Early Childhood

Truancy Policies Treat Symptoms, Not Causes, Bilingual Ed. Expert Says

By Julie Blair — October 09, 2013 1 min read

Truancy policies are making national news these days—I wrote about San Antonio’s attempt to do positive intervention just a couple of weeks ago--so I was intrigued to find out that Karen Nemeth, a national expert on bilingual education in the early years, has been blogging about the subject.

There’s been an emphasis on poor school attendance especially in the early years, she writes on her Language Castle blog, but many strategies aimed at combating truancy focus on “symptoms rather than root causes.”

Children are often late or miss school altogether—and are punished for it—not because they are lazy but because the families they come from are struggling in one way or another, wrote the author, presenter and consultant.

“Along with a positive information campaign about how important good attendance is for each child’s success, schools and districts will need to dig a little deeper,” Nemeth writes.

She goes on to chronical issues faced: Parents may be constricted by their own illness or depression, making it difficult for them to get children to the only available transportation, a school bus stop. Many don’t have the money to buy their children warm coats or new shoes, lack funding for field trips, or can’t comprehend school attendance policies which are written in a language other than their own. They are furthermore embarrassed by the punishments handed down for their children. Some, in fact, are reminded of their own negative school experiences—or hoping to shelter their offspring from current bullying or a sense of failure.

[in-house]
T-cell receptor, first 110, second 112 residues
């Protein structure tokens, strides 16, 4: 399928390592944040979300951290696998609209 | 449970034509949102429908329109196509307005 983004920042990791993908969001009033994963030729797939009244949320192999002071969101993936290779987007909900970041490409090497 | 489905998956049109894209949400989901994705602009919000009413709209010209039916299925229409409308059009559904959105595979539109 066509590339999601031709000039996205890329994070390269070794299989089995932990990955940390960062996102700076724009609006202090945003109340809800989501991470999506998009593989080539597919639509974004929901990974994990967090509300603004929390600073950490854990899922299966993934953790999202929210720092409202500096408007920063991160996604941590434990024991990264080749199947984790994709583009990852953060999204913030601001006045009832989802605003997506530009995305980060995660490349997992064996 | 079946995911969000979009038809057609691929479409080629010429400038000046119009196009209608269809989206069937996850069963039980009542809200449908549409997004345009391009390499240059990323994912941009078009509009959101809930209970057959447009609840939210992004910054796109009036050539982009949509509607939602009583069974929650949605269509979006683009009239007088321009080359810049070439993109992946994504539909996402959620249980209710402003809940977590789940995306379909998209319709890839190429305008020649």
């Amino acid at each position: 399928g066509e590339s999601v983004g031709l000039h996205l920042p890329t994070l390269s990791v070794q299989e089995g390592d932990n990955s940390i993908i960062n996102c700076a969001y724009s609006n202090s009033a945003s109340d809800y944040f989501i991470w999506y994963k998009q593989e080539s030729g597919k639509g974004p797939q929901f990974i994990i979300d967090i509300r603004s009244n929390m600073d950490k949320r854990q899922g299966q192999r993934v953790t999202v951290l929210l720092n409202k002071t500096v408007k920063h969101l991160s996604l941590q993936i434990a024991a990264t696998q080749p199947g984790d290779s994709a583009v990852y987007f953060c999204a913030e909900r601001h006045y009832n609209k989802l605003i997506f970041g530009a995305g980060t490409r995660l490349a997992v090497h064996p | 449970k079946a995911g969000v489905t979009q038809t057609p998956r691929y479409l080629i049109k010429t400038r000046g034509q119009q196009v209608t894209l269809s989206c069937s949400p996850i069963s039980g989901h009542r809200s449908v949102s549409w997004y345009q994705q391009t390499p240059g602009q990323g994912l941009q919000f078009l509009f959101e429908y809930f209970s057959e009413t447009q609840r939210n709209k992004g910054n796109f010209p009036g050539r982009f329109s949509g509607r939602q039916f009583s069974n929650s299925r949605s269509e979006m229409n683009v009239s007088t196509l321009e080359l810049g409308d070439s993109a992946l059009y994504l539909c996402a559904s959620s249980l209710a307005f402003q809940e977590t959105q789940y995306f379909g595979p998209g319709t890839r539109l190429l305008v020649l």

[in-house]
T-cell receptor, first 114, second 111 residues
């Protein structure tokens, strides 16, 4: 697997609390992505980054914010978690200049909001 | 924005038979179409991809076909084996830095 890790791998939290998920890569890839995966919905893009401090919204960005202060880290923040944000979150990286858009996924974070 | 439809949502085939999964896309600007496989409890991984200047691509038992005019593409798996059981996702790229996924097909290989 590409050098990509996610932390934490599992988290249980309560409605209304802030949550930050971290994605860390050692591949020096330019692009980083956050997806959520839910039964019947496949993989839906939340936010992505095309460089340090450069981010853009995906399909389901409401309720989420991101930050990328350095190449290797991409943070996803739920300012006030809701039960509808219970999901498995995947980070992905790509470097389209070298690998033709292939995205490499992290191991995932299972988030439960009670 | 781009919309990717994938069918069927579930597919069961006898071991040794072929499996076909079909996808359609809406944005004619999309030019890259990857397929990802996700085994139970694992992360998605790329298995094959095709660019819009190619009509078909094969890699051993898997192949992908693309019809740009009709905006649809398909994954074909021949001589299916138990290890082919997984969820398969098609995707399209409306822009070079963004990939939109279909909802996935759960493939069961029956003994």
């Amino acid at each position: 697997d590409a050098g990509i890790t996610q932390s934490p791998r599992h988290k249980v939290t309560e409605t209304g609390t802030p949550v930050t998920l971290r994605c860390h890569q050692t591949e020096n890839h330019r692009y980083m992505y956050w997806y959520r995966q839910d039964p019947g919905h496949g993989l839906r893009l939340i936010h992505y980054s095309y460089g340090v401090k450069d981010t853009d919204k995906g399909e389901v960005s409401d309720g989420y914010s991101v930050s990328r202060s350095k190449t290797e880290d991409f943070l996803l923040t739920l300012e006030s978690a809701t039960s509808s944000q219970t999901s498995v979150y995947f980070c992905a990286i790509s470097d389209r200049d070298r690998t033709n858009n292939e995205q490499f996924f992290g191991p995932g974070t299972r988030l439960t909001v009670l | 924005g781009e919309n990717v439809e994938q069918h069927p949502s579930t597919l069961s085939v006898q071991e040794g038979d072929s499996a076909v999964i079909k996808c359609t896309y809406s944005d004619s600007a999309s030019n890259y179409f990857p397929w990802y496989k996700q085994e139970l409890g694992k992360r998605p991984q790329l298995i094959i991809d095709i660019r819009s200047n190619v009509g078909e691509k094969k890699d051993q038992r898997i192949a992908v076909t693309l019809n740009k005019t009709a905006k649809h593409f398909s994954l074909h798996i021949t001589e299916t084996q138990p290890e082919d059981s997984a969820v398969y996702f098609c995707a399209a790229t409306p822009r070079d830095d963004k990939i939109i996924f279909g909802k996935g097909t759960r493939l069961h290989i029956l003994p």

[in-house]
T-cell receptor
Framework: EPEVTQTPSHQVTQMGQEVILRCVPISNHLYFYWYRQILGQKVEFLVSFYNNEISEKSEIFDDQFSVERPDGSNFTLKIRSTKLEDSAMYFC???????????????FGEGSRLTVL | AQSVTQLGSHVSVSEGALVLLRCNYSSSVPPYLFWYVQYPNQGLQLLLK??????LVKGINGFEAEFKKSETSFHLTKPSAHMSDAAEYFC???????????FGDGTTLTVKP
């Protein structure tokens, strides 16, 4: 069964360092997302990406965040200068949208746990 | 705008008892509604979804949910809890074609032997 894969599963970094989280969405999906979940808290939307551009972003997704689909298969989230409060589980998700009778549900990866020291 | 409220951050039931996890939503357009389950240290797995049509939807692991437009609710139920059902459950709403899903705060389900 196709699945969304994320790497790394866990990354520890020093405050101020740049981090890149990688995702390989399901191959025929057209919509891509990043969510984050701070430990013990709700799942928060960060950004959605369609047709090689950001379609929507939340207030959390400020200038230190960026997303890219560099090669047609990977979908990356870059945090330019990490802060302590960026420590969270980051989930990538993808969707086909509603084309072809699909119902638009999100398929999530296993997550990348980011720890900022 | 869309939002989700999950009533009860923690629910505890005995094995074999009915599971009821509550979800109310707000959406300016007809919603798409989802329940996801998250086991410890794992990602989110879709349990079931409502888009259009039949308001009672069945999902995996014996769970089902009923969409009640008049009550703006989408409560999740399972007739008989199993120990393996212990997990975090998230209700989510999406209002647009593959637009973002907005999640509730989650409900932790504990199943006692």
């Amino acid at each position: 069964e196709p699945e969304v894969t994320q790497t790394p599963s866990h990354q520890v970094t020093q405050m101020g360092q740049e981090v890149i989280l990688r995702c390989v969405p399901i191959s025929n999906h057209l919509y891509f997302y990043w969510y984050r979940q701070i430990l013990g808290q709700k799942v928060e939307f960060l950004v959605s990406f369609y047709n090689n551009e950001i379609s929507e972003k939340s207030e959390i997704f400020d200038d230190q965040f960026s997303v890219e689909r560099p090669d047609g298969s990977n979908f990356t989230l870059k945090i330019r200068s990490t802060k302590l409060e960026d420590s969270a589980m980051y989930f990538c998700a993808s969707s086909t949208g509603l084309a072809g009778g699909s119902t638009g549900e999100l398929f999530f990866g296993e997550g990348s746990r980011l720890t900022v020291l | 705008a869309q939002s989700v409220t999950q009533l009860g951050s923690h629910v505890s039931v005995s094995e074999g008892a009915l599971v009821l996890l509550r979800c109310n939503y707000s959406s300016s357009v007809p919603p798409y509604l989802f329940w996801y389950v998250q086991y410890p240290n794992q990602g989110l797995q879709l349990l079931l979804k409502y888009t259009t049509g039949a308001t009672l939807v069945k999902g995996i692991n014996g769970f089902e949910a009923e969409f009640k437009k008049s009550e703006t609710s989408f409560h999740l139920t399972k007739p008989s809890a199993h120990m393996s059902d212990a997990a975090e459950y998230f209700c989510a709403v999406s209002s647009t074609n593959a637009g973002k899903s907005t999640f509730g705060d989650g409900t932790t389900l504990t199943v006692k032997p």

“Getting the school community and the neighborhoods involved in attendance improvement efforts should be a rallying call for supports for all families,” Nemeth writes. “The ones who need the most help may be the hardest to find or the last to ask. When a community comes together to raise up the struggling families, the whole community benefits.”

To see Nemeth’s list of strategies to abate truancy in the early years and beyond, click here.

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A version of this news article first appeared in the Early Years blog.